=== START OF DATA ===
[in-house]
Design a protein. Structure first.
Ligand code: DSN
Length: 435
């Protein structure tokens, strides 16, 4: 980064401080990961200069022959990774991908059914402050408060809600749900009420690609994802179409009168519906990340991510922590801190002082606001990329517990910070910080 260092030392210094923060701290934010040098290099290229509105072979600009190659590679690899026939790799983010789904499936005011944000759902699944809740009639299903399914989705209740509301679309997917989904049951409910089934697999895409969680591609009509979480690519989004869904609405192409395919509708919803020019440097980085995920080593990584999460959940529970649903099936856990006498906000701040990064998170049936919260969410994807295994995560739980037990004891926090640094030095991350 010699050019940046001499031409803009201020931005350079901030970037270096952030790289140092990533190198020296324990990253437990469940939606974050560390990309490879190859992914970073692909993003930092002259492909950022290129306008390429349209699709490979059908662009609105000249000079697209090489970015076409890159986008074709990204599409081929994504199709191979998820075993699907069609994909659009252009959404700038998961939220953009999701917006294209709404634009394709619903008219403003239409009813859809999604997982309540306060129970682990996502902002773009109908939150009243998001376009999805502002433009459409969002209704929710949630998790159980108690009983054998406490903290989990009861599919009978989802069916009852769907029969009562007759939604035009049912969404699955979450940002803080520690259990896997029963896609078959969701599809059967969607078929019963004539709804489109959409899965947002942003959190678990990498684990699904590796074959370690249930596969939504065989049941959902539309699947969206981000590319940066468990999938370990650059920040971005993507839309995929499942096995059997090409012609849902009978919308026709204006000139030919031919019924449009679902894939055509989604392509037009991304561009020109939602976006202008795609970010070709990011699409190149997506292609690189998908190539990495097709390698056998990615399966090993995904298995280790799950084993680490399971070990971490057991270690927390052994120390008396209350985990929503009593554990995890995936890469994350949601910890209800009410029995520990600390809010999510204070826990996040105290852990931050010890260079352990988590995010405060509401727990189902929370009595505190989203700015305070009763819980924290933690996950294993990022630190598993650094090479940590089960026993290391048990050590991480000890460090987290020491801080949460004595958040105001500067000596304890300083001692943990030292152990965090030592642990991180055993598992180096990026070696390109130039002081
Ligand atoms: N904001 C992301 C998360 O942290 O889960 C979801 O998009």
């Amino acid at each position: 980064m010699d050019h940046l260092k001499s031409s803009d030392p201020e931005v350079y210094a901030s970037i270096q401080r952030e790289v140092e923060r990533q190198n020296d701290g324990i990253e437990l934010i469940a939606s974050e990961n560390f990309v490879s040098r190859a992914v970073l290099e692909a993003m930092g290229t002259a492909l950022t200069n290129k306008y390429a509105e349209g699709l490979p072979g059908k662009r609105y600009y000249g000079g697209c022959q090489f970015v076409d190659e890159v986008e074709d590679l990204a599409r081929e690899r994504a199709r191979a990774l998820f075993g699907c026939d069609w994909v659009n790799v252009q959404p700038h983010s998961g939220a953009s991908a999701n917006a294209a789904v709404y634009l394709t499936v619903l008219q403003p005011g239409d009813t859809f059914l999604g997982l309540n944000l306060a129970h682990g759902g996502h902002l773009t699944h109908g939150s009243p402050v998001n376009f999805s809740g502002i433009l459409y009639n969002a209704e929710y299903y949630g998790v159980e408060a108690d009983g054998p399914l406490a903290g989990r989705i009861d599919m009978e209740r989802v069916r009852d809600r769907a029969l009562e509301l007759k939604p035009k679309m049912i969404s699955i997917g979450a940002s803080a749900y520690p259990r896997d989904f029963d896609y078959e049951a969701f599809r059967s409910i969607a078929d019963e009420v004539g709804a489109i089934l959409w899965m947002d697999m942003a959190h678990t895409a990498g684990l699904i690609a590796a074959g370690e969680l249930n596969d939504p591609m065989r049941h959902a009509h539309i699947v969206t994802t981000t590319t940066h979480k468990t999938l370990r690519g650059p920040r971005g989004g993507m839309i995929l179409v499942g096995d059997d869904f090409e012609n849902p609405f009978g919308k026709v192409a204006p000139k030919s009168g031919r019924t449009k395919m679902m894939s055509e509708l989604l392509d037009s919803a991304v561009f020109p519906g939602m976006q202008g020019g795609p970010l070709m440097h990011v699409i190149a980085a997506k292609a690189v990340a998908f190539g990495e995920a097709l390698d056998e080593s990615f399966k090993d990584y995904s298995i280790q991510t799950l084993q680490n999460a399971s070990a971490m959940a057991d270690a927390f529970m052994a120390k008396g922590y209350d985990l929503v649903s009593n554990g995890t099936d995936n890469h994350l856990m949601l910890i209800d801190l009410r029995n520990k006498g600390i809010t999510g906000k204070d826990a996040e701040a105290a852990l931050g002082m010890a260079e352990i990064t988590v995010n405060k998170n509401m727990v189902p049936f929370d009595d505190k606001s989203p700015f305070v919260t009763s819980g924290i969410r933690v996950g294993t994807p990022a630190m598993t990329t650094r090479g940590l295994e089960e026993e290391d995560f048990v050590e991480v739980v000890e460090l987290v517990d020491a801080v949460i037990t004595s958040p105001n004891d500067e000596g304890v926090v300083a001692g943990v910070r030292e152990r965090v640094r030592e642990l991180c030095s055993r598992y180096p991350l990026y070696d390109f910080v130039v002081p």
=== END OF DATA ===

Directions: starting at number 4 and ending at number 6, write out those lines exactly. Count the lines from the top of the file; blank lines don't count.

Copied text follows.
Length: 435
């Protein structure tokens, strides 16, 4: 980064401080990961200069022959990774991908059914402050408060809600749900009420690609994802179409009168519906990340991510922590801190002082606001990329517990910070910080 260092030392210094923060701290934010040098290099290229509105072979600009190659590679690899026939790799983010789904499936005011944000759902699944809740009639299903399914989705209740509301679309997917989904049951409910089934697999895409969680591609009509979480690519989004869904609405192409395919509708919803020019440097980085995920080593990584999460959940529970649903099936856990006498906000701040990064998170049936919260969410994807295994995560739980037990004891926090640094030095991350 010699050019940046001499031409803009201020931005350079901030970037270096952030790289140092990533190198020296324990990253437990469940939606974050560390990309490879190859992914970073692909993003930092002259492909950022290129306008390429349209699709490979059908662009609105000249000079697209090489970015076409890159986008074709990204599409081929994504199709191979998820075993699907069609994909659009252009959404700038998961939220953009999701917006294209709404634009394709619903008219403003239409009813859809999604997982309540306060129970682990996502902002773009109908939150009243998001376009999805502002433009459409969002209704929710949630998790159980108690009983054998406490903290989990009861599919009978989802069916009852769907029969009562007759939604035009049912969404699955979450940002803080520690259990896997029963896609078959969701599809059967969607078929019963004539709804489109959409899965947002942003959190678990990498684990699904590796074959370690249930596969939504065989049941959902539309699947969206981000590319940066468990999938370990650059920040971005993507839309995929499942096995059997090409012609849902009978919308026709204006000139030919031919019924449009679902894939055509989604392509037009991304561009020109939602976006202008795609970010070709990011699409190149997506292609690189998908190539990495097709390698056998990615399966090993995904298995280790799950084993680490399971070990971490057991270690927390052994120390008396209350985990929503009593554990995890995936890469994350949601910890209800009410029995520990600390809010999510204070826990996040105290852990931050010890260079352990988590995010405060509401727990189902929370009595505190989203700015305070009763819980924290933690996950294993990022630190598993650094090479940590089960026993290391048990050590991480000890460090987290020491801080949460004595958040105001500067000596304890300083001692943990030292152990965090030592642990991180055993598992180096990026070696390109130039002081
Ligand atoms: N904001 C992301 C998360 O942290 O889960 C979801 O998009």